ICC Will Not Investigate US War Crimes in Afghanistan New Probe

The prosecutor will focus on Taliban and ISIS-K

The International Criminal Court (ICC) prosecutor is seeking approval to resume an investigation into alleged war crimes in Afghanistan but will “deprioritize” investigating suspected crimes by the US and its allies.

Karim Khan, who took over as ICC prosecutor in June, said he would focus on Taliban and ISIS-K, citing recent allegations. ISIS-K took credit for the August 26th suicide attack at the Kabul airport that killed over 100 Afghan civilians and 13 US troops.

Khan’s reasoning is that the ICC has limited resources, and the Taliban and ISIS-K are responsible for more recent alleged crimes. But the last known US airstrike in Afghanistan took place on August 29th, and it killed 10 civilians, including seven children.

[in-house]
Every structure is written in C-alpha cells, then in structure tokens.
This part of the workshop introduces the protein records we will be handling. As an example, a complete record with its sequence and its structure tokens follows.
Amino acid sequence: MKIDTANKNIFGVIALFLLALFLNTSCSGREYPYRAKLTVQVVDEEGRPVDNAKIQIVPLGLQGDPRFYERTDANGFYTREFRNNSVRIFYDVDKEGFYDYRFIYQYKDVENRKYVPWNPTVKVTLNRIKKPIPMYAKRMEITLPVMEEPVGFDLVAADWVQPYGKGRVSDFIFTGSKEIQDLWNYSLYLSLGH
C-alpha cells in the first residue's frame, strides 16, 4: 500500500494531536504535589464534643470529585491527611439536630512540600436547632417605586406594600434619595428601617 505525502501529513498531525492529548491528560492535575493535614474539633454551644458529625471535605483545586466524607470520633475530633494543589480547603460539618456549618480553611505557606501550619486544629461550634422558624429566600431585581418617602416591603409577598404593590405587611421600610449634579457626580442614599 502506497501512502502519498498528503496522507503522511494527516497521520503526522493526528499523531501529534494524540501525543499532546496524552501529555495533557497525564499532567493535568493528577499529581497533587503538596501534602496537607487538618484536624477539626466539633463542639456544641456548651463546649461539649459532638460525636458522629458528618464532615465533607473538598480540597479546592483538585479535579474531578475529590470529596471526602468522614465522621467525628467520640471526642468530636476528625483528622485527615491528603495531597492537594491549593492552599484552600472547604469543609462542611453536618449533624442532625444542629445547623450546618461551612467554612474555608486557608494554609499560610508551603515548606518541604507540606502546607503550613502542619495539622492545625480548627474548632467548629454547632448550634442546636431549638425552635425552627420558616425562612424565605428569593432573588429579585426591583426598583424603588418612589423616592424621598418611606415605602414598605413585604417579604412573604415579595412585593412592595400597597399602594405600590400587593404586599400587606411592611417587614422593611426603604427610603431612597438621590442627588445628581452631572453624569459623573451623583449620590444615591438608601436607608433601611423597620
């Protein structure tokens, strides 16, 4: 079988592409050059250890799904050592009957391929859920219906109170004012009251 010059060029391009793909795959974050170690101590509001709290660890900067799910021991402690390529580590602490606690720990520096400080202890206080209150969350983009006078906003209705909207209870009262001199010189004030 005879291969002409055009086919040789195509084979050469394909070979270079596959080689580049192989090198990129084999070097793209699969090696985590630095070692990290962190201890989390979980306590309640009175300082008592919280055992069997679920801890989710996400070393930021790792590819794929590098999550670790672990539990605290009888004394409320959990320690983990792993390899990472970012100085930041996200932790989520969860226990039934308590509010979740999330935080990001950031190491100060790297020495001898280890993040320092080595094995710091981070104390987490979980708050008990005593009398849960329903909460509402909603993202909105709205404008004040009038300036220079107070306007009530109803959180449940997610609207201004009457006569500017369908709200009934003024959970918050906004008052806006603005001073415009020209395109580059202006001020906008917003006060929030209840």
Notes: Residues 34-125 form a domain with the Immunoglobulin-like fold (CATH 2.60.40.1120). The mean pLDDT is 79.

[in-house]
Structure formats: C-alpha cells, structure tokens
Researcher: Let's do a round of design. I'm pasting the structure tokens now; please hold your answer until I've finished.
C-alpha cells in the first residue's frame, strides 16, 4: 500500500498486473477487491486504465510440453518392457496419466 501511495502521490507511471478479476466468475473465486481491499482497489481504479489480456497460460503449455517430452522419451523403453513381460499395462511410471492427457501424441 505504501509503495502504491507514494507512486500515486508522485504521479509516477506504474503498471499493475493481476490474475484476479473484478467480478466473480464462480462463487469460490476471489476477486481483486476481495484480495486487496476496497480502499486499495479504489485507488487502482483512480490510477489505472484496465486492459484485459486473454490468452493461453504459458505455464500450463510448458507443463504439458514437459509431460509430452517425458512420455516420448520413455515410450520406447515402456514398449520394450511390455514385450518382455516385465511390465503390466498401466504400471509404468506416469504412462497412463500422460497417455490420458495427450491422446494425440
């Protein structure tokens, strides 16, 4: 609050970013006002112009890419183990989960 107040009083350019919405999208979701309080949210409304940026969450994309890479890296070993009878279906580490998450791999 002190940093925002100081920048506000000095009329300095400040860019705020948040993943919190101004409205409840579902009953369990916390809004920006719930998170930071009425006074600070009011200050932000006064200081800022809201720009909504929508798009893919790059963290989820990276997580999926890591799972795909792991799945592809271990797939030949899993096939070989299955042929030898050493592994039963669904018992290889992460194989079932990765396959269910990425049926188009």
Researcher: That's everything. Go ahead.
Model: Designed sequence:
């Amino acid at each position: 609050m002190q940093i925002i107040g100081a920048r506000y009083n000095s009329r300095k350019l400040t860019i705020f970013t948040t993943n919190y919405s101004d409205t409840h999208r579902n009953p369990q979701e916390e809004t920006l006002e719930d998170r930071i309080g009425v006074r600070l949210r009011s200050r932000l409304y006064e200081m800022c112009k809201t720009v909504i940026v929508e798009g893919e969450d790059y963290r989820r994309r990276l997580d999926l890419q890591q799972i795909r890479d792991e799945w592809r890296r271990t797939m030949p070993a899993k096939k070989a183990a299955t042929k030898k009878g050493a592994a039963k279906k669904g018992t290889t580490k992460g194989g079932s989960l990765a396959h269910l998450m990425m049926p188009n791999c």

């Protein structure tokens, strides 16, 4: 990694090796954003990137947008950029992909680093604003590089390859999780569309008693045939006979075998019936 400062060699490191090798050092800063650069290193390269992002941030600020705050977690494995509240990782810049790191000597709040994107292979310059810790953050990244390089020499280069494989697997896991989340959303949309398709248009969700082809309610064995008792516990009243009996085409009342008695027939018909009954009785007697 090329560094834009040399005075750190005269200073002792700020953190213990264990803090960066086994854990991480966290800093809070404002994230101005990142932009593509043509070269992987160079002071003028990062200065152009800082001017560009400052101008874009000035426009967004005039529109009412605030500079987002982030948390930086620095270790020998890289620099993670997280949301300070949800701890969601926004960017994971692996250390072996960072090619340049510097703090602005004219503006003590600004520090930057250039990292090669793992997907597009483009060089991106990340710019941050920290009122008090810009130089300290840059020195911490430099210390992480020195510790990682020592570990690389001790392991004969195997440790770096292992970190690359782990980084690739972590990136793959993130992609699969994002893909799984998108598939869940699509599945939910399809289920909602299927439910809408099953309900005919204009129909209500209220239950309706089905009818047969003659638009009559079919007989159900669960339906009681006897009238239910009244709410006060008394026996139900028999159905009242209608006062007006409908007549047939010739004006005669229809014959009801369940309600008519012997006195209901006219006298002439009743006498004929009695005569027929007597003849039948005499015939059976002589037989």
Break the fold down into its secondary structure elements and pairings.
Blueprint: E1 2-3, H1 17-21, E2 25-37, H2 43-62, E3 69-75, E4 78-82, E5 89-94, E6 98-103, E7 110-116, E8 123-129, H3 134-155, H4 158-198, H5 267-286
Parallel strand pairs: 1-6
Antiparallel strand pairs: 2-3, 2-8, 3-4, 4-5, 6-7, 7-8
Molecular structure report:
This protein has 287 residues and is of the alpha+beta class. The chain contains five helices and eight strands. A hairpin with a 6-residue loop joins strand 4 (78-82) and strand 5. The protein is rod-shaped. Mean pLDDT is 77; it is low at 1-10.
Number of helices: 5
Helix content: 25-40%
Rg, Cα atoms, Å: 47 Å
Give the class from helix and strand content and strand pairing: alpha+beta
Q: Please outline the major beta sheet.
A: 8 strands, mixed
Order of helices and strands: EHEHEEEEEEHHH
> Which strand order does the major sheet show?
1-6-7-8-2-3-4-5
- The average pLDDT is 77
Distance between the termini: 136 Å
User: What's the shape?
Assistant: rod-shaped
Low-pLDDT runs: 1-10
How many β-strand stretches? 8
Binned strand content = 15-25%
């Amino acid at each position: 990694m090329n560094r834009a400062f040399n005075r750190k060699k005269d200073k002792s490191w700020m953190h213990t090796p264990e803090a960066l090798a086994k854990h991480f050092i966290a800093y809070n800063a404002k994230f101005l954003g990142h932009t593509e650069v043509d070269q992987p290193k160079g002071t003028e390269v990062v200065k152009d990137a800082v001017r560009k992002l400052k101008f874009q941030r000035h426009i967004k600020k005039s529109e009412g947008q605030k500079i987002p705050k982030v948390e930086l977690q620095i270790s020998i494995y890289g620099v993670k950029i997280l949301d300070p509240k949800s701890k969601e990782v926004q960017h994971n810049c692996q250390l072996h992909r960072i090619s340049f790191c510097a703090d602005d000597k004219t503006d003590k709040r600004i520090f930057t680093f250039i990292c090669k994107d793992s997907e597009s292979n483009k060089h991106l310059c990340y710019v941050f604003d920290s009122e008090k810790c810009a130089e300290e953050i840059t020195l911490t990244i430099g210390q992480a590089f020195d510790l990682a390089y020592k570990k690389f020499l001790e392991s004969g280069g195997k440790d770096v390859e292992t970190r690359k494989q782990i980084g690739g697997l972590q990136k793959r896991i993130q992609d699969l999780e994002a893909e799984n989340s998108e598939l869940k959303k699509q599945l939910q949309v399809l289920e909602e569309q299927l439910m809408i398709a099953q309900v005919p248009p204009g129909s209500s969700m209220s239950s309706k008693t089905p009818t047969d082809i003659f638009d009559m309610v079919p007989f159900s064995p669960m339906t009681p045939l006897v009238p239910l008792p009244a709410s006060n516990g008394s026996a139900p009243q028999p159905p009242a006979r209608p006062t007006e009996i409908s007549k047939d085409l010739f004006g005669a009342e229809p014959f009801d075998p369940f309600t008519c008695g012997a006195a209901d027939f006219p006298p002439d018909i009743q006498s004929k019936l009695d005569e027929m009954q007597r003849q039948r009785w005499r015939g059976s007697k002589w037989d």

There were other instances in the final weeks of the US war in Afghanistan of civilians being killed by US airstrikes. In early August, US airstrikes in Lashkar Gah killed destroyed a health clinic and a school, killing at least 20 civilians.

In 2020, the ICC moved forward with an investigation into alleged US war crimes in Afghanistan. The Trump administration reacted by slapping sanctions on ICC officials, which were lifted by the Biden administration in April. The investigation was on hold as the now-defunct US-backed Afghan government was promising to do the investigation on its own.

While the Biden administration has lifted ICC sanctions, it has come out in opposition to the court’s decision to investigate alleged Israeli war crimes in Gaza. Secretary of State Antony Blinken said the ICC is “unfairly” targeting Israel even though the ICC said it will also investigate claims made against Hamas.

Author: Dave DeCamp

Dave DeCamp is the news editor of Antiwar.com, follow him on Twitter @decampdave.